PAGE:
her perch.

Jennifer Sperry Steinorth is a builder and designer for a small, green-building company in Michigan and the mother of two boys. A frequent contributor to Foreword Reviews and the vice-chair of Michigan Writers, Steinorth’s poems have appeared in The Southeastern Review Online, Mobius:  The Journal for Social Change, The Dunes Review, The Bear River Review, and Re: Union. Her first collection, Forking the Swift, was awarded publication in 2010.

Lament

My mother called me a fence-climber,
said I was born seeking more. I was
six the first time I ran away,

would have stayed gone
if it weren’t for the dark.
Yes, it’s true. I wanted

something else. Not the maple
and slip-covered furniture,
the linoleum kitchen odored with fish

and Pinesol. It wasn’t that I was Peter,
refusing to grow up. My affliction
was more like Alice’s curiosity

or Goldie’s wanderlust.
Lately, I’ve been homesick,
missing the open-window

scent of grass wafting through
the summer nights of my childhood
when I wanted a world

that would spread itself before me
with richness, not paper-thin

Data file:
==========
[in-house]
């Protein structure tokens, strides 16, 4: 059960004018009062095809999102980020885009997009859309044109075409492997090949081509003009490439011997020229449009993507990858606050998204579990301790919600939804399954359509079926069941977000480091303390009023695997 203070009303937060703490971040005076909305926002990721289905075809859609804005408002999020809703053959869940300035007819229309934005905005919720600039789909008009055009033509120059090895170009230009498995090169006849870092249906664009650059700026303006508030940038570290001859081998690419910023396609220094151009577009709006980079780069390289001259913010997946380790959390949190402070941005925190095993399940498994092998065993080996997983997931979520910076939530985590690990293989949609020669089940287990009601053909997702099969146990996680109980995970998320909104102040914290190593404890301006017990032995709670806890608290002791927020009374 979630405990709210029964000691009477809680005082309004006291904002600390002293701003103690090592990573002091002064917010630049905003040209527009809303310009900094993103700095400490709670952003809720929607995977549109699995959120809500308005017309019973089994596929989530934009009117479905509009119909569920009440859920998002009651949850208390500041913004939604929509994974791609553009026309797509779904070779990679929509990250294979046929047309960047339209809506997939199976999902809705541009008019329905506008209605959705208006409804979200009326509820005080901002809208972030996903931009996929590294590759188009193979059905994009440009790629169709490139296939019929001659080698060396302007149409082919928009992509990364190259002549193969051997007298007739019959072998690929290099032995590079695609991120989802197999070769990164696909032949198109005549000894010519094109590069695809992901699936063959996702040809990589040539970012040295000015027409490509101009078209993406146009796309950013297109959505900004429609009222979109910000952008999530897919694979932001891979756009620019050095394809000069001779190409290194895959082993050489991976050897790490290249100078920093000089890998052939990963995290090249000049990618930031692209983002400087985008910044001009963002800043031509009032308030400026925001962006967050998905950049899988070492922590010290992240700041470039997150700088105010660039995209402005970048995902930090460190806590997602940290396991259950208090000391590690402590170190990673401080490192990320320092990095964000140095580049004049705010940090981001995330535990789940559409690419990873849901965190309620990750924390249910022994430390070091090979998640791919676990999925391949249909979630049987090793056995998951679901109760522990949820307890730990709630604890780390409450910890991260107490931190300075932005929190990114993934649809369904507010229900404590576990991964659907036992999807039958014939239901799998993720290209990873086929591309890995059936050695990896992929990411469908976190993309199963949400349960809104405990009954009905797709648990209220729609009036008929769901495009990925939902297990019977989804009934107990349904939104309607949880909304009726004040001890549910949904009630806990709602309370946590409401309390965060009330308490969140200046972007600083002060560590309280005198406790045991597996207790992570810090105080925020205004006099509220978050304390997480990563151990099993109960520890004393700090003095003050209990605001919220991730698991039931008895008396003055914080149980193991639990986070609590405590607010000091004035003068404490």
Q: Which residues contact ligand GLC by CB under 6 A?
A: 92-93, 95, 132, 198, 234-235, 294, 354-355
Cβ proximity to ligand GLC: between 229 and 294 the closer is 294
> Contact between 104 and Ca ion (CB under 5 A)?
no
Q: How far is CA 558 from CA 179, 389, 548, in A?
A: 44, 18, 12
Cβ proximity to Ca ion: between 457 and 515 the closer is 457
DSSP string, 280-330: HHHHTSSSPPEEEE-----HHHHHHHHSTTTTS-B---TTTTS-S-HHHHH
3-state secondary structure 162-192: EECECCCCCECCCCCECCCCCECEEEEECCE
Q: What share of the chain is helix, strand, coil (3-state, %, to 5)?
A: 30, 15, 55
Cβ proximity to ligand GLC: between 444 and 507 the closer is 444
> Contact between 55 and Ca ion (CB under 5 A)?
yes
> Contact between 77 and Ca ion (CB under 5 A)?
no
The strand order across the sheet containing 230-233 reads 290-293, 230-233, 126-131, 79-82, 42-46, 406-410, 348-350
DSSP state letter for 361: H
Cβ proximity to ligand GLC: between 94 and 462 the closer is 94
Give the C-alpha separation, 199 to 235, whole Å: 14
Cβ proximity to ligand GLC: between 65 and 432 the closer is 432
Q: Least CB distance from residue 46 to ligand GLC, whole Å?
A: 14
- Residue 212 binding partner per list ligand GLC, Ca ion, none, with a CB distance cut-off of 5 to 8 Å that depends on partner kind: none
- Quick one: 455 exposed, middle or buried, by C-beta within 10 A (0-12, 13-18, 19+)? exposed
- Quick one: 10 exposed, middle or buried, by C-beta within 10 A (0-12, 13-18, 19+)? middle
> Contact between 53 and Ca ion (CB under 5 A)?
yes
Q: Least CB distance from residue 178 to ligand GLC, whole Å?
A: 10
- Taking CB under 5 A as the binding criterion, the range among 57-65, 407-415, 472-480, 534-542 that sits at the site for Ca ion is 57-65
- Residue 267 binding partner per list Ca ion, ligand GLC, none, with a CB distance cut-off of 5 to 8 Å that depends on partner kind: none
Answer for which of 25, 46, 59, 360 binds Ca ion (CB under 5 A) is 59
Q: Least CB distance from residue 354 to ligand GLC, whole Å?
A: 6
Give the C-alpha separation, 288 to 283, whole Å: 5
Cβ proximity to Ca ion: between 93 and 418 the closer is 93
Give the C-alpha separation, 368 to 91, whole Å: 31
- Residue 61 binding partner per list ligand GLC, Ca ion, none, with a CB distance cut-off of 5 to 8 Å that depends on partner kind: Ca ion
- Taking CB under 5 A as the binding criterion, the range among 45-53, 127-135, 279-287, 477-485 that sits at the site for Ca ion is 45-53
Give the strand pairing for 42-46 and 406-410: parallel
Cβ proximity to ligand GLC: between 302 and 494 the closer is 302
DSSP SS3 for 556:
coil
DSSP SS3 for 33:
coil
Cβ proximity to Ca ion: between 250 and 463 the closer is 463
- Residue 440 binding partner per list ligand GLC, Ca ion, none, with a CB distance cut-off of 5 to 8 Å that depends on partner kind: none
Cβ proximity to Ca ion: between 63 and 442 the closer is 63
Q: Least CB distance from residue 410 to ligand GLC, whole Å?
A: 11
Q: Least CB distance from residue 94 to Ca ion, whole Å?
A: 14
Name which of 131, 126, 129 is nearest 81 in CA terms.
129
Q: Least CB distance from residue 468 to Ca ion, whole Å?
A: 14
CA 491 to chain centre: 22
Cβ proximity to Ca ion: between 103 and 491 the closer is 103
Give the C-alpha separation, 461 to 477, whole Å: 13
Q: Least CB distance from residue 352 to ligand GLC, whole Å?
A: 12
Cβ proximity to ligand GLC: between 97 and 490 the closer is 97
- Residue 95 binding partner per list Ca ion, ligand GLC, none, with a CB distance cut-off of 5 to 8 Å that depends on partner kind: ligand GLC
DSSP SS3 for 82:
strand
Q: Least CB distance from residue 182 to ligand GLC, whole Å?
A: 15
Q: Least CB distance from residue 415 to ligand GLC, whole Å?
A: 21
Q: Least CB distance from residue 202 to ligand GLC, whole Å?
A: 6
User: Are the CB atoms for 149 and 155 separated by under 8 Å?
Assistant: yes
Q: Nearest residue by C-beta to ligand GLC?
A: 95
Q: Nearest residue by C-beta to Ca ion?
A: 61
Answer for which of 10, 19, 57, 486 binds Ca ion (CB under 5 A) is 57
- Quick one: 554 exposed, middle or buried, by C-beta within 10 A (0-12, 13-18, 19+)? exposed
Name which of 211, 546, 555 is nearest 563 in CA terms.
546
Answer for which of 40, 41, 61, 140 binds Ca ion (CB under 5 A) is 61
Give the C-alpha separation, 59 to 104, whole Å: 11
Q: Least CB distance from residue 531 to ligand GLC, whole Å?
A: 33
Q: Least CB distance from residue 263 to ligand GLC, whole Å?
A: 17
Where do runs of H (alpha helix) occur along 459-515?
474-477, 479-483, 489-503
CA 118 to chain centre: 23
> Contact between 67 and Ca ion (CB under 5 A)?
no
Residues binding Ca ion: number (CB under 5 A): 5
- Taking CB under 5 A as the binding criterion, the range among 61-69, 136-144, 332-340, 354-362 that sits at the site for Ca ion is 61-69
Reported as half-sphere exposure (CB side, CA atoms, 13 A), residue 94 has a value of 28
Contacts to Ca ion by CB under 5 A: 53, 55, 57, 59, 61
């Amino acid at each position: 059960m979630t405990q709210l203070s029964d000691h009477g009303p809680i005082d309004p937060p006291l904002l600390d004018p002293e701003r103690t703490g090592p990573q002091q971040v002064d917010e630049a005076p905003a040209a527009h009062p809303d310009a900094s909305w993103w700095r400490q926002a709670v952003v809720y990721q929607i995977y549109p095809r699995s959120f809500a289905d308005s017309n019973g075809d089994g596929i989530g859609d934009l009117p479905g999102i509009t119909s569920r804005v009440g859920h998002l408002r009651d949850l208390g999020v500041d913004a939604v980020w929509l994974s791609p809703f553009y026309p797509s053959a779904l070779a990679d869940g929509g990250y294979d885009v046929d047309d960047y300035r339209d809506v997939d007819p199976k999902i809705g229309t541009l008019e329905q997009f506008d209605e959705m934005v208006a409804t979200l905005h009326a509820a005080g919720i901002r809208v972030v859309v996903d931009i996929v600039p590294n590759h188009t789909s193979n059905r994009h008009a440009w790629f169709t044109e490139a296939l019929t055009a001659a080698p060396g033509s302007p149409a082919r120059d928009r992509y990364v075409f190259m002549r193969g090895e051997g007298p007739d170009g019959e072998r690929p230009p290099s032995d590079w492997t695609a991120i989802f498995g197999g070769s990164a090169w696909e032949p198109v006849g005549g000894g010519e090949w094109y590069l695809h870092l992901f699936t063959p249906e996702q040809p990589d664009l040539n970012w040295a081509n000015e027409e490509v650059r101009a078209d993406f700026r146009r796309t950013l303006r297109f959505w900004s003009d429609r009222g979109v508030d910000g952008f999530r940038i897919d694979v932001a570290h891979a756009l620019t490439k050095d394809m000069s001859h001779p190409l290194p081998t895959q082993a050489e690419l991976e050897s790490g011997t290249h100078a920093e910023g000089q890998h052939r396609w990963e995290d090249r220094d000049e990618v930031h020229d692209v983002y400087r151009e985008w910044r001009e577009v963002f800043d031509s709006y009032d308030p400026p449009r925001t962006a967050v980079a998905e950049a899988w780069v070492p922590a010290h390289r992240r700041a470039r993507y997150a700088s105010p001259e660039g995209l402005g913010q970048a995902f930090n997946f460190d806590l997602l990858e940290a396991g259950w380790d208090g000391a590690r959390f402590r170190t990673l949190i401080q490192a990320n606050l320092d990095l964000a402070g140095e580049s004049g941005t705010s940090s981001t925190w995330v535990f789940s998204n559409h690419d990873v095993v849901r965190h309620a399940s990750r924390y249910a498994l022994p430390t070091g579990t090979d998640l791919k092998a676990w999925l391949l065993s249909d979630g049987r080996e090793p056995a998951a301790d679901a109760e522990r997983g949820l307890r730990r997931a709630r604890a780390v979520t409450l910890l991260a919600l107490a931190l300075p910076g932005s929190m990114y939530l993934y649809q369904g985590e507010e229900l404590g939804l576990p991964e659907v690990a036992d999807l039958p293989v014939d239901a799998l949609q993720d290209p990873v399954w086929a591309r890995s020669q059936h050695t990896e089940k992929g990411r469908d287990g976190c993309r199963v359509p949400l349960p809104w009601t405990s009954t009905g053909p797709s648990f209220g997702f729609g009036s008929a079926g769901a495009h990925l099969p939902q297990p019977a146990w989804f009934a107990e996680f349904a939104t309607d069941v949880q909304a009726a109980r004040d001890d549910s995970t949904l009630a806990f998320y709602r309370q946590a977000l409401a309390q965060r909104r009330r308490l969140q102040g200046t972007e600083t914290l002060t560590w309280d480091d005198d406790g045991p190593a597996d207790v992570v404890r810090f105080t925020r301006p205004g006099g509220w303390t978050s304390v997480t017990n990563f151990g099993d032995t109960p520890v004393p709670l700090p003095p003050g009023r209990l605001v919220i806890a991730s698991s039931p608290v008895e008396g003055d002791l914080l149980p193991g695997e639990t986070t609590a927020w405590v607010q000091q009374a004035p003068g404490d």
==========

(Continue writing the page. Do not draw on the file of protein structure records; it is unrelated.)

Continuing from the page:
and impermanent

as Mother’s Marcal napkins. At seven,
my favorite word was leave-taking.
Just yesterday, I read the word nostalgia

comes from nostos—homecoming
and altos—pain. A wound
that never closes.

Gail Braune Comorat is a founding member of Rehoboth Beach Writers’ Guild. She leads middle school children in Free Writes at the local library. Her short stories and poetry have been published in Delaware Beach Life, Delaware Poetry Review, Apple Valley Review, Delmarva Review, and The Broadkill Review.

Vigil

I used to watch for day
to sneak like a thief
into the night,
creeping across the fields,
a lantern swung
or a flashlight beamed
by a resolute farmer
approaching,
sinking and floating
on an endless
sea of becoming,
a hermit-crab scuttling
par-ci, par-là
willy-nilly about his toes,
reconnoitering
a temporary home.

All was expectancy.
Even the wind stood still,
awaiting a signal
to recommence
its nervous turning.
Then it was beginning,
imperceptibly shifting
like blond and blonder sands
on the eastern shore,
blankets lapped about
my legs, waiting for waves
and more and more,
when my parents
would leave me alone
with only a single window
to know the dawn.

A lyric poet, critic, and translator, E. Louise Beach also creates libretti.  Her song cycle, Ophelia’s Flowers, will be performed this spring at the Festival for Women in Music at the Eastman School of Music.  Her Requiem for Persecuted Youth will be given at Dickinson College on May 1, 2011.